Give me your name, address, birth date, and Social Security number and I can become you. That is identity theft. If I can get your credit card or your bank account number, I can then have a payday.
Everybody knows about identity theft. That’s why I’m amazed how loose most people are with their personal information. Facebook encourages you to disclose all your personal information except for your Social Security number and people willingly provide this information. The only reason Google+ doesn’t ask for your Social Security number is because they probably already have it. It seems that unless you’ve been a victim of identity theft, it’s not a great concern.
Consider this: most people either fear or respect the IRS, yet identity theft has become a significant problem the IRS must deal with.
Last week I was perusing the “Written Testimony of Beth Tucker, Deputy Commissioner for Operations Support, Internal Revenue Service, Before the House Committee on the Oversight and Government Reform, Subcommittee on Government Organization, Efficiency and Financial Management on Identity Theft on November 29, 2012.” She was writing on the successes the IRS has had in preventing identity theft within the IRS. I was most impressed with the length of the document’s title.
A couple successes that Tucker identified were:
• “On September 21, 2012, and Arizona woman was sentenced to 36 months in prison and ordered to pay $386,938 in restitution on charges related to her involvement in a conspiracy to commit identity theft. The defendant utilized stolen identities to file 180 tax returns to falsely claim more than $1 million in tax refunds. The defendant concealed the fraud by filing the tax returns electronically using the unsecured wireless networks of neighbors, directing the refunds to prepaid debit card accounts obtained using false identities, and recruiting friends and associates to receive the prepaid debit cards by mail at various addresses.”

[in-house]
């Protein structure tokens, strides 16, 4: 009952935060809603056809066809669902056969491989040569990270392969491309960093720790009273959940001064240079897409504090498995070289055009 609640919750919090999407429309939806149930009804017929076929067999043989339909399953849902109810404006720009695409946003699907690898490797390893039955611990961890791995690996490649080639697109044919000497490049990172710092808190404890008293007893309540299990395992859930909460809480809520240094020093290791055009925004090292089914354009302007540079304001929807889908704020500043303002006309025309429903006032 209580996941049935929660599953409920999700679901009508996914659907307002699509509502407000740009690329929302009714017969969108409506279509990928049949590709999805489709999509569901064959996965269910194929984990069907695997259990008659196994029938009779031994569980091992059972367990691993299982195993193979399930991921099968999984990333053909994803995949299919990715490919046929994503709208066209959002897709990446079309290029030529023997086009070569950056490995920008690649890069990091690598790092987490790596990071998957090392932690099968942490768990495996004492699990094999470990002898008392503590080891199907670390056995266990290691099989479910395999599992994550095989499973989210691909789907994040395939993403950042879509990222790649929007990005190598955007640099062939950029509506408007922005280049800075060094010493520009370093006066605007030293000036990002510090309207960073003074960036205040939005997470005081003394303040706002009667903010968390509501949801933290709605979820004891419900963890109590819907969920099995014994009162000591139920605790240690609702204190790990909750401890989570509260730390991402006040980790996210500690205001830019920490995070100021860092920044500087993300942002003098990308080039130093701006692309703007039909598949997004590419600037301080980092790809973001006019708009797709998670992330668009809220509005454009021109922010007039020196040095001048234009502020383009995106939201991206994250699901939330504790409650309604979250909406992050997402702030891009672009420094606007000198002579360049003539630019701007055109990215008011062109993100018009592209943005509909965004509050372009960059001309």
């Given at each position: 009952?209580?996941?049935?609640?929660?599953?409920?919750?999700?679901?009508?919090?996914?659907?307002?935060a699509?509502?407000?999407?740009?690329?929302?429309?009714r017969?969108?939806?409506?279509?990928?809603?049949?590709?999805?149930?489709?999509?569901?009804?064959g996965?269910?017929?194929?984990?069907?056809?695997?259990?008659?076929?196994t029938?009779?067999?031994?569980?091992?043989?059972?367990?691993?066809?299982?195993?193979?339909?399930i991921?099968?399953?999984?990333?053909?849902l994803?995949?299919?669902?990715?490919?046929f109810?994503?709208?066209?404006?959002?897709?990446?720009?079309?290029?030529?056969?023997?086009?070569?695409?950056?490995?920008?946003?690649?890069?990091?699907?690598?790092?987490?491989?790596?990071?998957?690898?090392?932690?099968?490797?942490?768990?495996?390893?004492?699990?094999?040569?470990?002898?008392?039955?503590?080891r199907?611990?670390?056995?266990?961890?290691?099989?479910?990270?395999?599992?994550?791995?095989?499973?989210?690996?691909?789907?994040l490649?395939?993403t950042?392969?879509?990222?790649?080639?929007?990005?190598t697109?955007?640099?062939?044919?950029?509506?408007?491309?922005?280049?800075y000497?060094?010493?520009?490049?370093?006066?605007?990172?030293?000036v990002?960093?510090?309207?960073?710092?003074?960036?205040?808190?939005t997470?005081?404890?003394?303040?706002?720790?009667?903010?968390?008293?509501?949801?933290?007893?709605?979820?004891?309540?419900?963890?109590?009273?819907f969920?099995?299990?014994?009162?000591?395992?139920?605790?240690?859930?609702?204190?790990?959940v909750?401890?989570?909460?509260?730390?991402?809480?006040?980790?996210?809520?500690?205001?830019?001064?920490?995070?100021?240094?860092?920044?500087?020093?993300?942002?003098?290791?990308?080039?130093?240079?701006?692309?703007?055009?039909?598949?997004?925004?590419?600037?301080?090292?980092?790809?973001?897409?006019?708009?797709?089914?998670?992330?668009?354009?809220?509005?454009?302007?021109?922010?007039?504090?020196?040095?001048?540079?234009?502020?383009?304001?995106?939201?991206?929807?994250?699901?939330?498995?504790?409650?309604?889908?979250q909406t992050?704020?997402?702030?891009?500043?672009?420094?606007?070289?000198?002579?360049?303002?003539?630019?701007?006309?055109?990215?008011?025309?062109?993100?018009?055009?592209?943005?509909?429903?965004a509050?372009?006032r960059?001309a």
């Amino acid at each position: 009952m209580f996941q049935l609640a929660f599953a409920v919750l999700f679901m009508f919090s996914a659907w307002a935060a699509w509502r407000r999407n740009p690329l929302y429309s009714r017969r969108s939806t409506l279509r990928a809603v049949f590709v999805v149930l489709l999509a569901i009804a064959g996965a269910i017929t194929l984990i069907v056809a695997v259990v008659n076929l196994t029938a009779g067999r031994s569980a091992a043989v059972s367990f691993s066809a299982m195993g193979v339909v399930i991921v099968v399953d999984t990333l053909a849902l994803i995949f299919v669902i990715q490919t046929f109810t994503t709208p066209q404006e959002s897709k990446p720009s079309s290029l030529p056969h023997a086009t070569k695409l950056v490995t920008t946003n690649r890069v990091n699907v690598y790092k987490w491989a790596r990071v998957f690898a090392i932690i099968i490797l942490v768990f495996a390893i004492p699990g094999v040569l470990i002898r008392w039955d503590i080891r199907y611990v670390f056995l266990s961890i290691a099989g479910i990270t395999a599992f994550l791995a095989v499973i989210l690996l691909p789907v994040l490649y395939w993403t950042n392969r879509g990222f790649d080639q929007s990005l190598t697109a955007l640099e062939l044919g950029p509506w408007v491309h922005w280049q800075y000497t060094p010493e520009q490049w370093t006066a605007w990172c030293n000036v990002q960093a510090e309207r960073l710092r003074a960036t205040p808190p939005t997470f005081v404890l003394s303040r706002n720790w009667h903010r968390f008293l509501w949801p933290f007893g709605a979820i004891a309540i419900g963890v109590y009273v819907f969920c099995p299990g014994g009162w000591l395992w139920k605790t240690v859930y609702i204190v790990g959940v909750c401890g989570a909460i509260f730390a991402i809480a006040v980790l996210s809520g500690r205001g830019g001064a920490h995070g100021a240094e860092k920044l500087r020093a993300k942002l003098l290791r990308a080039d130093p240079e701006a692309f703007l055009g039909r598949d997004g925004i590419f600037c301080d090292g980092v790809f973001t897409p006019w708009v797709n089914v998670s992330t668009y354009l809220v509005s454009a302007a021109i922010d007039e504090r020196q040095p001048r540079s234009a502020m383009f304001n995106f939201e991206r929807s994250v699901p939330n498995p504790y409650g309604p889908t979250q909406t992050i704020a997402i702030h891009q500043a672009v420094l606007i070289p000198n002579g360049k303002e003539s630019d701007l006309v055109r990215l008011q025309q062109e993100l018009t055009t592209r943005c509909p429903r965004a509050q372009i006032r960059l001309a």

• “We expanded the use of our list of prisoners to better stop the processing of problematic returns.” [I never knew prisoners were taxpayers. But then that’s not my target market. I wonder if they use Turbo Tax?] “In fiscal year 2012, we stopped over 220,000 fraudulent returns filed by prisoners. This represents over 2.5 billion in refunds stopped, a more than 10% increase over last fiscal year.”
That same day Tucker filed her written testimony, Nov. 29, 2012, the United States Government Accountability Office released a report titled "Identity Theft; Total Extent of Refund Fraud Using Stolen Identities is Unknown."
Just so there is no confusion, I’m not inferring the IRS is incompetent. The IRS is very competent, both in processing millions of tax returns annually and in keeping sensitive information private. I’m using the IRS as an example to illustrate there are crooks out there with no fear of getting caught. I personally would be afraid to screw with the IRS. I’m betting that using identify theft to steal is a safe profession.
So where did that Arizona woman get a hold of 180 stolen taxpayer identities? And in this particular case I don’t know the answer, but I recently read that one of the most common sources of identity theft is a company’s personnel files. That makes me wonder how many businesses are contributing, although inadvertently, to the success of identity thieves?
I work with businesses every day. It’s common to see QuickBooks files without passwords; people throwing documents with somebody’s personal information in the trash when that document should have been shred; or filing sensitive personnel or customer information in unlocked cabinets or desk drawers. These actions are not intentional or the result of gross negligence. What is missing is the awareness of the possible injury to a customer or employee if personal information is not kept secure.
As the custodian of sensitive personal information, are you protecting your employees and customers from harm? You may not be the victim of identity theft anytime soon, but you could be a contributing cause.